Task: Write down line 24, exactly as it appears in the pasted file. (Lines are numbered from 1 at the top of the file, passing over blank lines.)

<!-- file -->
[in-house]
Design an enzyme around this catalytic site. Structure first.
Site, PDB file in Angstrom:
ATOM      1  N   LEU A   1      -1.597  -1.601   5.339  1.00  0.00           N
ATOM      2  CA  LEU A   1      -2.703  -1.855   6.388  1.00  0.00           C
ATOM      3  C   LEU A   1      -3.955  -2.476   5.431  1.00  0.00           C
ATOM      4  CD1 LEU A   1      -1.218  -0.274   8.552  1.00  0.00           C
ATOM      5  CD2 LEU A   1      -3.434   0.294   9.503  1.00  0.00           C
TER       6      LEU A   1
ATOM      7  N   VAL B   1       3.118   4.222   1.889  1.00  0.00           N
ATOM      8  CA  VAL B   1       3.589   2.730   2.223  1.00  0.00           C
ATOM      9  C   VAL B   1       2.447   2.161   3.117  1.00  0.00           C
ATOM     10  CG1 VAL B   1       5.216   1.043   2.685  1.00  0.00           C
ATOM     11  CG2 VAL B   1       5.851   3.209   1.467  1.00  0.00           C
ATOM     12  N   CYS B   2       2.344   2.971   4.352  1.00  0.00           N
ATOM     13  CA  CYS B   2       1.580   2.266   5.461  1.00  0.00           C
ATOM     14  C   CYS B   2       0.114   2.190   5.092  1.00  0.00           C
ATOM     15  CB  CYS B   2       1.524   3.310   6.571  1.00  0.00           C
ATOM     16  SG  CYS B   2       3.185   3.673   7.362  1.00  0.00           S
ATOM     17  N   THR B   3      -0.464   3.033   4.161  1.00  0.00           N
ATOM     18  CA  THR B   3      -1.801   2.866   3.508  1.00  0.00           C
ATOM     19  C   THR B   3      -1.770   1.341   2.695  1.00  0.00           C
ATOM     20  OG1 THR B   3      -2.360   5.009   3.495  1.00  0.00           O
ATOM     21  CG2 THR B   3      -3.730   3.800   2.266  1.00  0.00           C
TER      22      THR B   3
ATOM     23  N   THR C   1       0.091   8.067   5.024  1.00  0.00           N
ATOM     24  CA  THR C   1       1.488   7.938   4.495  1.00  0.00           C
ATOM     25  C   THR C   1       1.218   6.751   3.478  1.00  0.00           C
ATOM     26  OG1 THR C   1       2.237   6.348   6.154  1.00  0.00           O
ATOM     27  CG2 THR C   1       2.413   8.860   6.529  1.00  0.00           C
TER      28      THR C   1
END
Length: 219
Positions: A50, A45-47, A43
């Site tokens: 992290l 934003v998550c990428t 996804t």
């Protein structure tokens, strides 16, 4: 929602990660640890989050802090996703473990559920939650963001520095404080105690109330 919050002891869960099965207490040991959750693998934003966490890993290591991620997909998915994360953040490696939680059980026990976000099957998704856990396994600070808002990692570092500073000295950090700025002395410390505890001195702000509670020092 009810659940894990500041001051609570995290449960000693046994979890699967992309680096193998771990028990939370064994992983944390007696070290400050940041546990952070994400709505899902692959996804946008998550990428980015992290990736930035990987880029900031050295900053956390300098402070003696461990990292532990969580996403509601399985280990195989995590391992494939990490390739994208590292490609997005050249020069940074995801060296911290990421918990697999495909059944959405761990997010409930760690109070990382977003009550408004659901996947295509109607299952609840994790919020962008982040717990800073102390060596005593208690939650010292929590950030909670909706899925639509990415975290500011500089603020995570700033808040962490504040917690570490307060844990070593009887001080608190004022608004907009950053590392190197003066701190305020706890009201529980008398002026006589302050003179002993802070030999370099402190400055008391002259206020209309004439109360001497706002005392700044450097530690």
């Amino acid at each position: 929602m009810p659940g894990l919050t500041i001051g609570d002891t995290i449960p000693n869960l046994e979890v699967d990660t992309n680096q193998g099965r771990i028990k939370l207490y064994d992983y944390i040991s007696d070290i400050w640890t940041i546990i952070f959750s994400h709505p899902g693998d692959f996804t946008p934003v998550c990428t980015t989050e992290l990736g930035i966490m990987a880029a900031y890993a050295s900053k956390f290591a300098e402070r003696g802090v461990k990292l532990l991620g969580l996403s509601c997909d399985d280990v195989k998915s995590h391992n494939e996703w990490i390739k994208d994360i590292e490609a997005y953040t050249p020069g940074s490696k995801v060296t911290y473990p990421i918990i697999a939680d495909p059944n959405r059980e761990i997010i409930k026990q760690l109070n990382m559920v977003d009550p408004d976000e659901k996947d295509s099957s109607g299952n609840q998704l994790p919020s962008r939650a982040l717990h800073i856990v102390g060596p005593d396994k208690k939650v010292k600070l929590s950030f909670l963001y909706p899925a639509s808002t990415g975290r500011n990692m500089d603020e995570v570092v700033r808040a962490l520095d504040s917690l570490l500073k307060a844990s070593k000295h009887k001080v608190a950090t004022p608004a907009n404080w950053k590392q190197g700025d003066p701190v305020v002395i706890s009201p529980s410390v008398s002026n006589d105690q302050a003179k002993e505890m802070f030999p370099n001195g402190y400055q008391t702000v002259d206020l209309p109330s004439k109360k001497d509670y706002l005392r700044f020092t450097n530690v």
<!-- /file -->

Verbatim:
ATOM     21  CG2 THR B   3      -3.730   3.800   2.266  1.00  0.00           C